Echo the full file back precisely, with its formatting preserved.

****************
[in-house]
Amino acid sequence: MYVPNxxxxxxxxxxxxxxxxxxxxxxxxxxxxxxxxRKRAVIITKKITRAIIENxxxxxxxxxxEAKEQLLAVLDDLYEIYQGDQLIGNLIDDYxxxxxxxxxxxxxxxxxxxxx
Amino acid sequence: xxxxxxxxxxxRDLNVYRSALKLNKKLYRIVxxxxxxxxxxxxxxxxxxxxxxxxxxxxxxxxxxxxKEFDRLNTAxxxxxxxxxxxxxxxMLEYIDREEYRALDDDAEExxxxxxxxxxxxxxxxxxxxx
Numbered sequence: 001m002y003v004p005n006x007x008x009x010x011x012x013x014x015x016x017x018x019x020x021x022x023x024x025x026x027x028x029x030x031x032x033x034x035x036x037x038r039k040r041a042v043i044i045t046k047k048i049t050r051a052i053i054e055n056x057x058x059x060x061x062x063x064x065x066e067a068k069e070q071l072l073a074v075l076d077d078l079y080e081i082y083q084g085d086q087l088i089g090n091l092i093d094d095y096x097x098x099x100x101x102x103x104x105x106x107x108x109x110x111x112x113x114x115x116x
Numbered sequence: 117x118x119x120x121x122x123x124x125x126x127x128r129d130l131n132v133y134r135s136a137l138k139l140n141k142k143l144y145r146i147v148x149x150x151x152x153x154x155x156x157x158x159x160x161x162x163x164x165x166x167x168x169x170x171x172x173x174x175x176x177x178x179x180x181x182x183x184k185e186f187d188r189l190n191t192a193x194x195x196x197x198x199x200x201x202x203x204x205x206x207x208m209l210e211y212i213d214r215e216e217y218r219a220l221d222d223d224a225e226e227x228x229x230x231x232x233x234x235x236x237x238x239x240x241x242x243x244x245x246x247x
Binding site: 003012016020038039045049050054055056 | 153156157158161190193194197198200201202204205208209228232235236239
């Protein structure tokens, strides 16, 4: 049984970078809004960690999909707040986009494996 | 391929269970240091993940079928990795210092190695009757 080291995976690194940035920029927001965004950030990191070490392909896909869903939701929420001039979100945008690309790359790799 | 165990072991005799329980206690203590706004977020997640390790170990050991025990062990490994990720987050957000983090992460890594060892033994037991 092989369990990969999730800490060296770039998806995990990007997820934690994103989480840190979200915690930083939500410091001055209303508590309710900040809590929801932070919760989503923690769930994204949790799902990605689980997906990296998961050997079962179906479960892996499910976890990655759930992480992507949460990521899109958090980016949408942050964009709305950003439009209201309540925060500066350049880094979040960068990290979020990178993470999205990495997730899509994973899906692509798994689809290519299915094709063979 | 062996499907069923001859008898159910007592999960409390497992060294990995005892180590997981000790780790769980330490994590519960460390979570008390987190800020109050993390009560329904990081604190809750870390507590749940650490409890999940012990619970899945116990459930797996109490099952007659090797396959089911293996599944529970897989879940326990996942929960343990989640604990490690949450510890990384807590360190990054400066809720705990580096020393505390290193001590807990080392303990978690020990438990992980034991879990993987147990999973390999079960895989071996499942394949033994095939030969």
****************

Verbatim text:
[in-house]
Amino acid sequence: MYVPNxxxxxxxxxxxxxxxxxxxxxxxxxxxxxxxxRKRAVIITKKITRAIIENxxxxxxxxxxEAKEQLLAVLDDLYEIYQGDQLIGNLIDDYxxxxxxxxxxxxxxxxxxxxx
Amino acid sequence: xxxxxxxxxxxRDLNVYRSALKLNKKLYRIVxxxxxxxxxxxxxxxxxxxxxxxxxxxxxxxxxxxxKEFDRLNTAxxxxxxxxxxxxxxxMLEYIDREEYRALDDDAEExxxxxxxxxxxxxxxxxxxxx
Numbered sequence: 001m002y003v004p005n006x007x008x009x010x011x012x013x014x015x016x017x018x019x020x021x022x023x024x025x026x027x028x029x030x031x032x033x034x035x036x037x038r039k040r041a042v043i044i045t046k047k048i049t050r051a052i053i054e055n056x057x058x059x060x061x062x063x064x065x066e067a068k069e070q071l072l073a074v075l076d077d078l079y080e081i082y083q084g085d086q087l088i089g090n091l092i093d094d095y096x097x098x099x100x101x102x103x104x105x106x107x108x109x110x111x112x113x114x115x116x
Numbered sequence: 117x118x119x120x121x122x123x124x125x126x127x128r129d130l131n132v133y134r135s136a137l138k139l140n141k142k143l144y145r146i147v148x149x150x151x152x153x154x155x156x157x158x159x160x161x162x163x164x165x166x167x168x169x170x171x172x173x174x175x176x177x178x179x180x181x182x183x184k185e186f187d188r189l190n191t192a193x194x195x196x197x198x199x200x201x202x203x204x205x206x207x208m209l210e211y212i213d214r215e216e217y218r219a220l221d222d223d224a225e226e227x228x229x230x231x232x233x234x235x236x237x238x239x240x241x242x243x244x245x246x247x
Binding site: 003012016020038039045049050054055056 | 153156157158161190193194197198200201202204205208209228232235236239
């Protein structure tokens, strides 16, 4: 049984970078809004960690999909707040986009494996 | 391929269970240091993940079928990795210092190695009757 080291995976690194940035920029927001965004950030990191070490392909896909869903939701929420001039979100945008690309790359790799 | 165990072991005799329980206690203590706004977020997640390790170990050991025990062990490994990720987050957000983090992460890594060892033994037991 092989369990990969999730800490060296770039998806995990990007997820934690994103989480840190979200915690930083939500410091001055209303508590309710900040809590929801932070919760989503923690769930994204949790799902990605689980997906990296998961050997079962179906479960892996499910976890990655759930992480992507949460990521899109958090980016949408942050964009709305950003439009209201309540925060500066350049880094979040960068990290979020990178993470999205990495997730899509994973899906692509798994689809290519299915094709063979 | 062996499907069923001859008898159910007592999960409390497992060294990995005892180590997981000790780790769980330490994590519960460390979570008390987190800020109050993390009560329904990081604190809750870390507590749940650490409890999940012990619970899945116990459930797996109490099952007659090797396959089911293996599944529970897989879940326990996942929960343990989640604990490690949450510890990384807590360190990054400066809720705990580096020393505390290193001590807990080392303990978690020990438990992980034991879990993987147990999973390999079960895989071996499942394949033994095939030969």